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If the World Cup is to be a roll call of some of India's leading venues across the country, then the ones lurking at the bottom of the pile should be Delhi (for administrative inefficiency) and Ahmedabad for a startling shabbiness. Delhi's Feroz Shah Kotla has been remodelled, but its governors have stayed the same. It is Ahmedabad which is a mystery.
When the 1987 World Cup came to Motera, with an India-Australia game, crowds walked in carrying picnic baskets of food and spent the day munching through a hamper of goodies, which beat the quality and quantity of everything on offer. Motera was still a village with a cricket ground plonked in it. Its surroundings have gone from being fields, farmlands and mud houses to concrete low-rise homes, shops and a south-north access road. Over the last two decades, the stadium has made additions to its stands and is now entirely covered. In the city that has one of India's few drive-in cinemas still working, a big cricket match is still treated like Friday night at the movies. Everybody wants to make the only show on the solitary day. Two days before the World Cup, the ticket stands outside the Motera are not marked "Sold Out" but "House Full".
The world around it and the sport it celebrates has changed radically, but on the inside, the Sardar Patel Stadium has stayed trapped in a time warp. Let it be known however that players facilities are immaculate: the dressing rooms are huge, there are a handy bunch of nets on one side of the ground and teams get feted and looked after like State guests. For the public though, it has all been allowed to go into what appears to be a state of decay: corridors are musty, toilets are dirty, their powerful smell hangs around the staircases along with paan stains. There are cobwebs and trails of dirt running on walls, this even through the newer parts of the stadium. Special 'boxes' in one section of the ground were ready for the big day with a decor that could only be called grunge.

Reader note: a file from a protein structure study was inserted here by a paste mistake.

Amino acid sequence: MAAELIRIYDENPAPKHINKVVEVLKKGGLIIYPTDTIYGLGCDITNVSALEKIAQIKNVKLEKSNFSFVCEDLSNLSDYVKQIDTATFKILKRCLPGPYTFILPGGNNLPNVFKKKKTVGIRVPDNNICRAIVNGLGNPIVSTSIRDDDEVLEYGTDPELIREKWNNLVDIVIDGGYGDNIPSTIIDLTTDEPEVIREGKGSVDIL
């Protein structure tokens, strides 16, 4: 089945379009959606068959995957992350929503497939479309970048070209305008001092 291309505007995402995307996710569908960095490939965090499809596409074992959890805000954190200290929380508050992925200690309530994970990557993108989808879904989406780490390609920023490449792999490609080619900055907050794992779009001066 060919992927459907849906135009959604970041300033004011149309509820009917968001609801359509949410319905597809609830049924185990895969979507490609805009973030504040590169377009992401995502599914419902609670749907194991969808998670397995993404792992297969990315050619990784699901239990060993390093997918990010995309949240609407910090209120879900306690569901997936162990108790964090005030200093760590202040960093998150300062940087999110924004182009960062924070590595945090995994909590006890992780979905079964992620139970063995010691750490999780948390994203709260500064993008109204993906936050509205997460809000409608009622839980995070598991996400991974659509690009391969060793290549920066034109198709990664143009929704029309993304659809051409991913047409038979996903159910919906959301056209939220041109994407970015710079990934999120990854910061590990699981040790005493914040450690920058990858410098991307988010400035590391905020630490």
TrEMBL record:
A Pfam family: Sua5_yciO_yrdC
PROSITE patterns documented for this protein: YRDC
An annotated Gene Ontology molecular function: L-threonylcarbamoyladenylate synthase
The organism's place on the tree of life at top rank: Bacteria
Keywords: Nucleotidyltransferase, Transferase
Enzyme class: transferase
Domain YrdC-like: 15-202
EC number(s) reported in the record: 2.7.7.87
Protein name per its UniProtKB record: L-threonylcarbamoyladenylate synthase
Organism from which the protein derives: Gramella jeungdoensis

All of that could be window dressing but a section of the road being tarred and laid out just a day before the World Cup quarter-final is not. A two-kilometre queue of traffic three hours before the toss on single lane access to the stadium is not. Nor is the sight of people milling about dangerously in front of traffic prone to sudden acceleration at the sign of a turning or a gate, watched by indifferent cops who had thought nothing of organising a safe pathway for pedestrians. This was the city's biggest ODI in the last 15 years, surely the men behind Motera could have done better. They receive the BCCI's largesse in crores of rupees every year to update facilities and they have had three years to slap the ground into shape. The crowd atmosphere at the Sardar Patel Stadium was excellent and players won't complain. But Motera's fitness as a specator-friendly venue remains sorely suspect.
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